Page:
Theresa May has been forced to step in and announce a series of emergency measures to help clear the chronic backlog in passport applications.
People with an urgent need to travel abroad will have their passport applications fast-tracked free of charge, the Home Secretary has said, as HM Passport Office scrambles to deal with a backlog of 30,000 applications.
In an emergency Commons statement, May told MPs: "Where people have an urgent need to travel, HMPO has agreed to upgrade them - that is their application will be considered in full, it will be expedited in terms of it's processing, printing and delivery - free of charge."
But Labour has said May had lost her grip and called for an apology.
Leaked photos from a Passport Office in Liverpool have laid bare the scale of the task that officials have to complete.
Unions have claimed a backlog in passport applications is surging above 500,000 despite emergency plans being put in place.
May suggested the passport office could be stripped of its agency status so ministers could have more control. She revealed two reviews will be launched to make sure "HMPO works as efficiently as possible, with better customer services, better processes and better outcomes."
"In the medium to long term the answer is not just to throw more staff at the problem, but to make sure HMPO is running as efficiently as possible and is as accountable as possible," she said.
She said the review would asses whether HMPO's agency status should be removed so it can be brought into the Home Office, reporting directly to ministers, in line with other parts of the immigration system since the abolition of the UK Border Agency.
She said the government would do "everything it can" while maintaining security to "make sure people receive their passports in time" but there was no "big bang" solution.
"I understand their anxiety and the Government will do everything it can while maintaining the security of the passport to make sure that people get their passports in time," she said.
However shadow home secretary Yvette Cooper said that she needed to apologise to the thousands of people whose travel plans had been thrown into doubt.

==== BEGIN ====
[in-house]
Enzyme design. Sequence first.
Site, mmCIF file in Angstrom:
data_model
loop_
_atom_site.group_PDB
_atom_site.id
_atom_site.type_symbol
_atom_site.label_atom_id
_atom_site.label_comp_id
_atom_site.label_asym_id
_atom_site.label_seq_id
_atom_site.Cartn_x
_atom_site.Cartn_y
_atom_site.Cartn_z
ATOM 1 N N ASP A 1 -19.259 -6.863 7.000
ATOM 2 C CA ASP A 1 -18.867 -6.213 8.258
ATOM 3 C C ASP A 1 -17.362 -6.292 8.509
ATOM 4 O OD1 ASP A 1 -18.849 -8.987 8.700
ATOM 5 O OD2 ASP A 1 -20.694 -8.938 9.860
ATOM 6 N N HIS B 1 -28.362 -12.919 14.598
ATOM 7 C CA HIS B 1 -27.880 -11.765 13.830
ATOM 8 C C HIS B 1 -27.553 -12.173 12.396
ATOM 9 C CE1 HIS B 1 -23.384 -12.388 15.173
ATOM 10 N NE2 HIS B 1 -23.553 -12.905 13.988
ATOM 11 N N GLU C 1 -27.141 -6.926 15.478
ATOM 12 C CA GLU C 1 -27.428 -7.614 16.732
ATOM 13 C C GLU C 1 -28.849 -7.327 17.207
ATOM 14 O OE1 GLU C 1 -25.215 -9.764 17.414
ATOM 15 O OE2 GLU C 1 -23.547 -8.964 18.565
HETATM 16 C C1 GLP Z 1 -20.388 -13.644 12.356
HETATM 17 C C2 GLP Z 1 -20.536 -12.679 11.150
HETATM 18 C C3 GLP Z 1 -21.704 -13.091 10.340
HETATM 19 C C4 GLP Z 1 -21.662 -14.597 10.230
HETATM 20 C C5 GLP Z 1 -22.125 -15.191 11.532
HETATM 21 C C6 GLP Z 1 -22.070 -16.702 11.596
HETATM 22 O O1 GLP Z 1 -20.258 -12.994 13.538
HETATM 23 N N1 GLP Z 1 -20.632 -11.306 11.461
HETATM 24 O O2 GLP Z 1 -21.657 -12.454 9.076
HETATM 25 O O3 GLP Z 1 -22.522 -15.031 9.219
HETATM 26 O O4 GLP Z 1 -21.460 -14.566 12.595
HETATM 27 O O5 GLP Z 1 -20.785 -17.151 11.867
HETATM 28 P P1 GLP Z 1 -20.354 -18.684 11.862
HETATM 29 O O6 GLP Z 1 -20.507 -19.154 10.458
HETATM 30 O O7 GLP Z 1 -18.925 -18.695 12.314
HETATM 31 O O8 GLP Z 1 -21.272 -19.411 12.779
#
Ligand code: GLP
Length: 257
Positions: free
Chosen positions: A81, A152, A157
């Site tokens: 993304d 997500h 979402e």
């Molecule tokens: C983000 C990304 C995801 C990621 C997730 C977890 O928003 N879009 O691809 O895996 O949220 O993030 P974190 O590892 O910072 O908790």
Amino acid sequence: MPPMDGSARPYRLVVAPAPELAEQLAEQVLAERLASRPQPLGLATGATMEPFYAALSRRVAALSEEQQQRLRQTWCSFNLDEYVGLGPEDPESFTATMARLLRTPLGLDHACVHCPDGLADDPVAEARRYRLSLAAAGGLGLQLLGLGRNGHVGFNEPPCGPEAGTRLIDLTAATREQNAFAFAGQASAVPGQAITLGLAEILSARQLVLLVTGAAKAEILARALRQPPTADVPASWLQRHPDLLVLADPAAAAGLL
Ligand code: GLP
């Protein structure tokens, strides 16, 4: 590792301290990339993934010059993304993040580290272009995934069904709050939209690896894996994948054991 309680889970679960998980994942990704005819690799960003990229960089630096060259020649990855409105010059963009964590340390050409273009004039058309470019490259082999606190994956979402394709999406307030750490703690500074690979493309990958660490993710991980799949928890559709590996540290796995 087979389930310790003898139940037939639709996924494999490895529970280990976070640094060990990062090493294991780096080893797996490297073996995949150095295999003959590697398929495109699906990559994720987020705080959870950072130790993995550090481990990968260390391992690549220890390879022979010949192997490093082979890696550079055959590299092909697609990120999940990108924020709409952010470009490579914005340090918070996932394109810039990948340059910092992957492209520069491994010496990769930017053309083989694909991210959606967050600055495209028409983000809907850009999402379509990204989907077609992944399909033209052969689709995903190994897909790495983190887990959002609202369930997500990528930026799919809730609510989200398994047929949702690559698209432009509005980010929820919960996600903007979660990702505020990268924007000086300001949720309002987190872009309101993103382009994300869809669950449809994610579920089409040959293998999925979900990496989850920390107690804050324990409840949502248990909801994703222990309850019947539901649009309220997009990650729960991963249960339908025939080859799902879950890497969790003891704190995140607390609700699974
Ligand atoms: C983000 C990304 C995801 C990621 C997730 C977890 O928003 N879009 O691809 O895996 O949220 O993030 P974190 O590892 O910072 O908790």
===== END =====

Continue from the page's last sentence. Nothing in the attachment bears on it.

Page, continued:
"This has been a sorry shambles from a sorry department and a Home Secretary who can't even bring herself to say the word," Ms Cooper said.
"Government incompetence means people are at risk of missing their holidays, their honeymoons, their business trips. Every MP has been inundated with these cases and the Home Secretary hasn't seemed to even know what is going on."
Passport Office plans to relax security checks on applications from overseas have been blocked by ministers, as staff tackle a major backlog of cases.
Leaked documents suggest passport officials wanted to ease rules on the supporting evidence that UK nationals living abroad have to provide, where it did not compromise security.
The Home Office said it was "unaware" of the proposed change and the guidelines had now been withdrawn.
Labour said the situation had become "seriously chaotic".
"Now we find out staff have been told to scale back vital security checks," shadow home secretary Yvette Cooper said.
"If this is what the prime minister meant by getting a grip on the situation, he needs to think again."
It's all good news though, according to Home Office minister James Brokenshire, who told MPs in the House of Commons on Tuesday night that the “significant surge” was “an indication that as the economy is improving more people are understandably planning to travel”.